Blasphemy accusation in Pak sparks ransacking of Hindu temple, school

KARACHI/ISLAMABAD: A crowd in Pakistan ransacked a school and a Hindu temple after a Hindu principal was accused of blasphemy, police said on Monday.

Blasphemy accusation in Pak sparks ransacking of Hindu temple, school

The principal had been taken into protective custody and police were investigating both the alleged blasphemy and the rioters. Thinkstock

Karachi/Islamabad, September 16

A crowd in Pakistan ransacked a school and a Hindu temple after a Hindu principal was accused of blasphemy, police said on Monday, the latest case to raise concern about the fate of religious minorities in the predominantly Muslim country.

The violence erupted in the southern province of Sindh after a student accused the Hindu principal of blasphemy in comments on Prophet Mohammad. The enraged crowd ransacked the school and damaged a nearby temple, a district police chief said.

The principal had been taken into protective custody and police were investigating both the alleged blasphemy and the rioters, he added.

“It seems the principal had not done anything intentionally,” district police chief Furrukh Ali told Reuters.

Insulting Prophet Mohammad carries a mandatory death penalty in Pakistan, which is about 95 per cent Muslim and has among the harshest blasphemy laws in the world.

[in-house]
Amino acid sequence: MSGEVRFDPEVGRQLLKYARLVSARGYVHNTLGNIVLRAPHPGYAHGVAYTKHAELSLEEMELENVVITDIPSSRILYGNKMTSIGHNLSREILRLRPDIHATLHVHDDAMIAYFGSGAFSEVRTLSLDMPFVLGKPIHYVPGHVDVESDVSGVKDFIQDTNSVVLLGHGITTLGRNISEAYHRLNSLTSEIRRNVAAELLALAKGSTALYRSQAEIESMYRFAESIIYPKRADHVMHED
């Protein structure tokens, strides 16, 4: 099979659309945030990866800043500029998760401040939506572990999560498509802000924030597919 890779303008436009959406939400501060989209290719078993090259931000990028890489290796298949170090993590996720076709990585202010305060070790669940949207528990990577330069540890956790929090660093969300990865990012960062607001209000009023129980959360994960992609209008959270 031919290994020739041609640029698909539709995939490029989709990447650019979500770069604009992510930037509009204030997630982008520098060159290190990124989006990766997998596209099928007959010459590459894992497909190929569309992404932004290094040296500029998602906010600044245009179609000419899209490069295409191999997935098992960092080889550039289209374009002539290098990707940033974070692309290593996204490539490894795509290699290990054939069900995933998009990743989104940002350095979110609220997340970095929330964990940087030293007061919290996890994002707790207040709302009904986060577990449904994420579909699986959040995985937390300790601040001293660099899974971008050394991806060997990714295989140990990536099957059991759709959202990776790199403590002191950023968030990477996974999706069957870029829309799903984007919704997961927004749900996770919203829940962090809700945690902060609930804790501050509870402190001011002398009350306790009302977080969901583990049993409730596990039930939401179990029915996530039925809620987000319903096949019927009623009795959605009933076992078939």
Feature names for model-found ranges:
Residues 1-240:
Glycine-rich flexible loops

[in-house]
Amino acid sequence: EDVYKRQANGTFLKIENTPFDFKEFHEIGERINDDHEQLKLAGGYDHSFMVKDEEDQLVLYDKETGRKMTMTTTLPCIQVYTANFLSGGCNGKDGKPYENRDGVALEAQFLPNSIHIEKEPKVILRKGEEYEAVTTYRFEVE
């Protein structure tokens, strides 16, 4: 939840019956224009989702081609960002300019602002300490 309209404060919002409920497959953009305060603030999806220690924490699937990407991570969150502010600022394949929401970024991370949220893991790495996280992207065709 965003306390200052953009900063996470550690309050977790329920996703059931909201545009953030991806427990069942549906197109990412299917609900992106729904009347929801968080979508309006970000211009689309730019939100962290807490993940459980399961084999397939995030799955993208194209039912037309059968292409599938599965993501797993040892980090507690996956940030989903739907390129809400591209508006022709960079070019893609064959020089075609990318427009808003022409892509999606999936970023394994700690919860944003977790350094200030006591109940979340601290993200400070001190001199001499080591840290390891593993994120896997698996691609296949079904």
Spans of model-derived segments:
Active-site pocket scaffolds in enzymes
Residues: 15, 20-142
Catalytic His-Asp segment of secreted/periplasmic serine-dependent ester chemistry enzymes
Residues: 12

No executions for blasphemy have been carried out in Pakistan but enraged mobs sometimes kill people accused of it.

Rights groups say the blasphemy law is often exploited by religious hardliners as well as ordinary Pakistanis to settle scores.

The independent Human Rights Commission of Pakistan condemned the weekend violence, footage of which was recorded in a video and circulated on social media. It called on authorities to take prompt action.

“The video...is chilling: mob violence against a member of a religious minority is barbaric, unacceptable,” the commission said in a post on Twitter.

Hindus make up about 1.6% of Pakistan’s population of 208 million, the majority of whom are Sunni Muslims.

In January, the Supreme Court upheld the acquittal of a Christian woman who spent years on death row after being convicted of blasphemy in a case that had drawn alarm from religious and human rights advocates.

In March, the Pakistan government sacked a provincial minister for making offensive comments about Hindus as tension between Pakistan and India ran high after a militant attack in Kashmir. Reuters

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